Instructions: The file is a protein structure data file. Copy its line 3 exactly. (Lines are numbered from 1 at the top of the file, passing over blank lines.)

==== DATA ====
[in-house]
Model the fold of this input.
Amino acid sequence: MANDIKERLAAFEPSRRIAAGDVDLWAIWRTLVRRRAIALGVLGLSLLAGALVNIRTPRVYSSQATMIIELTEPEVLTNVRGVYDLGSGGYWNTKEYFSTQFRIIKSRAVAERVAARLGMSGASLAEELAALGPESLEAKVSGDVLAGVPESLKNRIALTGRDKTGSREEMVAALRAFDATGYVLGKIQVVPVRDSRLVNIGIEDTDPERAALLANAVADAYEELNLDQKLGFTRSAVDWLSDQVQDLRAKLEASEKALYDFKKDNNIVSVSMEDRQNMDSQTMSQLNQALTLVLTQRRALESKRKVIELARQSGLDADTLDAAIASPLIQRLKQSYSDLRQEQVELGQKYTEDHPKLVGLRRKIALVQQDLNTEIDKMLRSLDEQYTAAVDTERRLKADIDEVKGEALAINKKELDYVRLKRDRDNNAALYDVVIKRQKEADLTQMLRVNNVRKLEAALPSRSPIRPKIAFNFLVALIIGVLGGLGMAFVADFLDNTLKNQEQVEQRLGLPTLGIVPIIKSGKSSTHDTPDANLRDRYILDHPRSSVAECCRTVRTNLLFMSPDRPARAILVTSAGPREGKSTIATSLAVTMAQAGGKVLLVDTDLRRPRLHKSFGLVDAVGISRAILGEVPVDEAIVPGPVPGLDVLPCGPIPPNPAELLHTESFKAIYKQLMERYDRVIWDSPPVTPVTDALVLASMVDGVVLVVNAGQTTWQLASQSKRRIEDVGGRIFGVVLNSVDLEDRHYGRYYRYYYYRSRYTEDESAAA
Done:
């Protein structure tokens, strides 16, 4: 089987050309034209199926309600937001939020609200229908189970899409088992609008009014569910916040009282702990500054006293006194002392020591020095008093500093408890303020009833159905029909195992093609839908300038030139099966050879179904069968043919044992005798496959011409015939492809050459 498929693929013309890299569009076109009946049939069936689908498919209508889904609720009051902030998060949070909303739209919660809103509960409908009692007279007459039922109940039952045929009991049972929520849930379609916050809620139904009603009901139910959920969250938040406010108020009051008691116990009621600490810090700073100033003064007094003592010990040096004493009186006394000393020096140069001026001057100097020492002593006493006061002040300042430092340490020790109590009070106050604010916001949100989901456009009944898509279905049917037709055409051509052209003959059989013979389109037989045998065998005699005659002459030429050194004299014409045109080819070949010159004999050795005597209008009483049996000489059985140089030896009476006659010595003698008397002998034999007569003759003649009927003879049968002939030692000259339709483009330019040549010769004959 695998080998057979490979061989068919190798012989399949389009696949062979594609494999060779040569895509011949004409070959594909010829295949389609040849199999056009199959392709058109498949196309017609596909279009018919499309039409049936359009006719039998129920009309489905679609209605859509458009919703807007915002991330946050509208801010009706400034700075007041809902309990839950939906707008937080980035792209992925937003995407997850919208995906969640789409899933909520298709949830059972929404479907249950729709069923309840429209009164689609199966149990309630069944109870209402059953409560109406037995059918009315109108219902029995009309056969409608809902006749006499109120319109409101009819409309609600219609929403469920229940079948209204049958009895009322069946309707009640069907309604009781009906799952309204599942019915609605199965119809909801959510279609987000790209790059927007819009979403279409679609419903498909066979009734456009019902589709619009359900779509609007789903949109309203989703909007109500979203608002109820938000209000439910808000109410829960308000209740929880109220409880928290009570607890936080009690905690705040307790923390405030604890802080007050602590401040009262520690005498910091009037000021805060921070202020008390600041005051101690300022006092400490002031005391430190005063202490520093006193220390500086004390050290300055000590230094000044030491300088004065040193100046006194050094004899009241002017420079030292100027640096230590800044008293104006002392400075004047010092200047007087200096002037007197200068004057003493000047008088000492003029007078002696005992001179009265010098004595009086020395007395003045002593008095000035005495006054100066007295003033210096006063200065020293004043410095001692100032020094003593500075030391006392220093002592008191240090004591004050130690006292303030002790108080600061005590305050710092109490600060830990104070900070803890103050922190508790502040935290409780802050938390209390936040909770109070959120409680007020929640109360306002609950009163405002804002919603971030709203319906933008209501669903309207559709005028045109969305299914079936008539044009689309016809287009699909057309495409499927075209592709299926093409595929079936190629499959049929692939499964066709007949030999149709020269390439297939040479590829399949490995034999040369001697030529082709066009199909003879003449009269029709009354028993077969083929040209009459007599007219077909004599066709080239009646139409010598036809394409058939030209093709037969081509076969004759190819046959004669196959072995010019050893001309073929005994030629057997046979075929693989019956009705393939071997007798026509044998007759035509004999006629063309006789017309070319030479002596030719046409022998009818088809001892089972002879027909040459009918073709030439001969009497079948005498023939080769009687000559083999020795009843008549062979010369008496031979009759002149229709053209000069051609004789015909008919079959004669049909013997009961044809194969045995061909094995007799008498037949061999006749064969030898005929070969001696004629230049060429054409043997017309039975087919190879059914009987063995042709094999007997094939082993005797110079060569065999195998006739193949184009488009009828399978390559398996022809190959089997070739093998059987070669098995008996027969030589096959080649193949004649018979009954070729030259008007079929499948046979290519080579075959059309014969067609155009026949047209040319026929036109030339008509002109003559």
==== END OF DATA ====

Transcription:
Amino acid sequence: MANDIKERLAAFEPSRRIAAGDVDLWAIWRTLVRRRAIALGVLGLSLLAGALVNIRTPRVYSSQATMIIELTEPEVLTNVRGVYDLGSGGYWNTKEYFSTQFRIIKSRAVAERVAARLGMSGASLAEELAALGPESLEAKVSGDVLAGVPESLKNRIALTGRDKTGSREEMVAALRAFDATGYVLGKIQVVPVRDSRLVNIGIEDTDPERAALLANAVADAYEELNLDQKLGFTRSAVDWLSDQVQDLRAKLEASEKALYDFKKDNNIVSVSMEDRQNMDSQTMSQLNQALTLVLTQRRALESKRKVIELARQSGLDADTLDAAIASPLIQRLKQSYSDLRQEQVELGQKYTEDHPKLVGLRRKIALVQQDLNTEIDKMLRSLDEQYTAAVDTERRLKADIDEVKGEALAINKKELDYVRLKRDRDNNAALYDVVIKRQKEADLTQMLRVNNVRKLEAALPSRSPIRPKIAFNFLVALIIGVLGGLGMAFVADFLDNTLKNQEQVEQRLGLPTLGIVPIIKSGKSSTHDTPDANLRDRYILDHPRSSVAECCRTVRTNLLFMSPDRPARAILVTSAGPREGKSTIATSLAVTMAQAGGKVLLVDTDLRRPRLHKSFGLVDAVGISRAILGEVPVDEAIVPGPVPGLDVLPCGPIPPNPAELLHTESFKAIYKQLMERYDRVIWDSPPVTPVTDALVLASMVDGVVLVVNAGQTTWQLASQSKRRIEDVGGRIFGVVLNSVDLEDRHYGRYYRYYYYRSRYTEDESAAA